In reality, Buffet is still playing his old game of breaking wealthy estates with taxes so he can buy companies on the cheap from them while trying to create a new nonprofit tax dodge for his kids. I hope the whole family gets investigated for fraud because of it someday. It would serve Buffett right.

    As for his statements about gold, for someone who doesn't invest in it he sure makes a lot of noise about the yellow stuff. I suppose its because an estate with a lot of it can just sell a portion of it to pay the estate taxes depriving Buffett of an easy discounted buyout of a family business or property. he would much prefer if estates have no money and/or pay for insurance through his companies.

    Owning capital and liquid assets are good. Buffett owns a lot of it . Don't believe the hype that you should pour it all into a risky "productive assets or mutual funds". Hogwash, a capital cushion keeps away the parasites that want to feast on you and your family.
    Apr 8 04:59 AM | 15 Likes Like |Link to Comment
  • Market Conundrum [View article]
    When people worry about a under 5% drop in the market that really means that there are people who shouldn't be in the market and can't understand the real risk of owning stock. When or if the Federal Reserve acts on this, that means that they can't cope even with the mildest of downturns which makes sense because they can't significantly lower rates (they are already at zirp for banks) or do much else (QE is being tapered already because fewer and fewer people want to hold a security that the auctioneer has to fix the price on and yields about squat which is certainly more than the devaluation the currency will undergo).

    I would be skeptical owning anything but companies with strong cash flows which are non of the above companies. Too many companies are trying to report earnings with accounting games but can't even finance their own growth or generate meaningful positive cash flow. American Airlines will have to upgrade its fleet over the next 10 years and will undoubtedly have to beg for more money to do so if not join other airlines if the economy fails in asking the government to bailout this cash flow gobbling industry that likes sucking up taxpayers money for any business excuse they can get (union costs are too high, oil is too high, the economy went bust, we blew all our money in expansion, and if you don't we will shut down our service and void all our frequent flyer credits).
    Apr 8 04:47 AM | 4 Likes Like |Link to Comment
  • Is Inflation Next? [View article]
    I think the question is wrong. The real question is growth dead and the answer is looking like yes thanks to a strong move towards government and a managed economy based on unsustainable deficits and monetary policy that flies in the face of capitalism and rationality.

    Indeed interest rates are rising but not because of inflation but simply because there is less and less investors willing to lose money buying our treasuries for what some call "safety" but in reality is because there is little else to buy. This is the same thing that hit England when it's global empire collapsed due to the fact they made absolutely nothing and demanded everyone use their currency and pay exorbitant taxes.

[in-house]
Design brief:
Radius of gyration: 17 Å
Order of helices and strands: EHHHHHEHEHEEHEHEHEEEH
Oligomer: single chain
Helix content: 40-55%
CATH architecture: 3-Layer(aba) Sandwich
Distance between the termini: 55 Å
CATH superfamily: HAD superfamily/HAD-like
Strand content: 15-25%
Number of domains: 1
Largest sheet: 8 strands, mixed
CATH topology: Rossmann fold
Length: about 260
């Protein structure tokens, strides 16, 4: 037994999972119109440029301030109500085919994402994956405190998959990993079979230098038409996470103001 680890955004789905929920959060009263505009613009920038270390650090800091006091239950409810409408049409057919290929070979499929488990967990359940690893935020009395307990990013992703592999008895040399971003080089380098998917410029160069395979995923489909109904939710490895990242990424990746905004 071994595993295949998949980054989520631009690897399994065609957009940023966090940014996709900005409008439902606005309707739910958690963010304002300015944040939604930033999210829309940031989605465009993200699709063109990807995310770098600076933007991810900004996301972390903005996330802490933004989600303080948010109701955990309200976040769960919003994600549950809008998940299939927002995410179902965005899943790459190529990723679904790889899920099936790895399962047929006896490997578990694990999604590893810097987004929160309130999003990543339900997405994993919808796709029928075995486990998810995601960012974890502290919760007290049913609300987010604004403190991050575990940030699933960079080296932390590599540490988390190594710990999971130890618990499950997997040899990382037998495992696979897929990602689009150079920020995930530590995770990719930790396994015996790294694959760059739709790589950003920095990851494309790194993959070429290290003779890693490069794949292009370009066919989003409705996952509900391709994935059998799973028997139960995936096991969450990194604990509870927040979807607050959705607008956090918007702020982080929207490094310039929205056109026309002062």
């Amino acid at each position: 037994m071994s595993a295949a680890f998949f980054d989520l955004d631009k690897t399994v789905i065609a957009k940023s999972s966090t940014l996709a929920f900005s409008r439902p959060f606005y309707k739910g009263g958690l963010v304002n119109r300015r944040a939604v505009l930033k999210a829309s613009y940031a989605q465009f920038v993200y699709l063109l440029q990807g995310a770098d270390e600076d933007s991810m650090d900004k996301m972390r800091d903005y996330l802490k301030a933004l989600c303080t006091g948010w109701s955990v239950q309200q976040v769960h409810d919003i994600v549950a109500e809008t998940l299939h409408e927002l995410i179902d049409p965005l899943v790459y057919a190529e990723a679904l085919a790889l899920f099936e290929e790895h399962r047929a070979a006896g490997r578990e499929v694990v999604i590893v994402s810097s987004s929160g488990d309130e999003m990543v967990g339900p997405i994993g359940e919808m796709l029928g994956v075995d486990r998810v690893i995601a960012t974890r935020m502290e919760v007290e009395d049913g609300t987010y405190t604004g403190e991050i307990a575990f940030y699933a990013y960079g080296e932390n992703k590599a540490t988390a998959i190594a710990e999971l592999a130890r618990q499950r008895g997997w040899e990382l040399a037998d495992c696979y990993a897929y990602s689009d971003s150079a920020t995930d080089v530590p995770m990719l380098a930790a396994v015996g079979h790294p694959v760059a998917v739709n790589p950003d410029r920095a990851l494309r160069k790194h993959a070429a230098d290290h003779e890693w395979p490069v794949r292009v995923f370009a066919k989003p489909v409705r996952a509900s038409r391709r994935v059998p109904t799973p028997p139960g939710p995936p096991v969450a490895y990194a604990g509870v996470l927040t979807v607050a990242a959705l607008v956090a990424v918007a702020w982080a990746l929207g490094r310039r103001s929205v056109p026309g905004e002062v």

Apr 7 08:50 PM | 9 Likes Like |Link to Comment
  • Can LinkedIn Reach 500 Million Unique Monthly Visitors? [View article]
    "the company has virtually no direct competitor." Patently false. LinkedIn is nothing more than yet another temporary/job placement agency with a do it yourself resume posting website wrapped in social media hype. What it is doing is not new or novel besides getting people to pay to do their own work (entering employment data and trying to find a job).
    Apr 7 08:35 PM | 3 Likes Like |Link to Comment
  • Partying Like It's 1999 [View article]
    Mass IPOs, bond issues, and mergers are a sure sign of a market that is topping and is overvalued. Don't take my word for it. Watch and see or look at 1928-29, the dot com crash, and 2006-2007 or just about any market top before a meltdown. I prefer to learn vicariously, what about you?
    Apr 7 08:31 PM | 1 Like Like |Link to Comment
  • Consumer Credit jumps $16.49B in February [View news story]
    Yay, does this mean a recovery or just that we have finally run out of savings again and are spending debt just to keep up with our current bad overly excessive spending habits. Pray tell, it's not the latter because the Federal Reserve says its the former and the government says debt is great (eat more and choke please).
    Apr 7 08:28 PM | 2 Likes Like |Link to Comment
  • Downstream Of Labor - Cycle [View article]
    Straight lines are often the telltale signs of a manipulated market or statistic. Reality does not often favor straight lines, especially when there is a lot of uncertainty. That's why there is no such thing as a straight line in all of nature.
    Apr 7 08:26 PM | 1 Like Like |Link to Comment
  • Upcoming Sallie Mae Spin-Off Holds Promise For Investors [View article]
    Sadly it is likely the government will try to throw more taxpayer money after it to try to prop it up claiming they are trying to save "poor student victim" from being deprived an education at a reputable college while avoiding the real victims which are the students getting ripped off by unsaid disreputable ones.
    Apr 7 08:21 PM | 1 Like Like |Link to Comment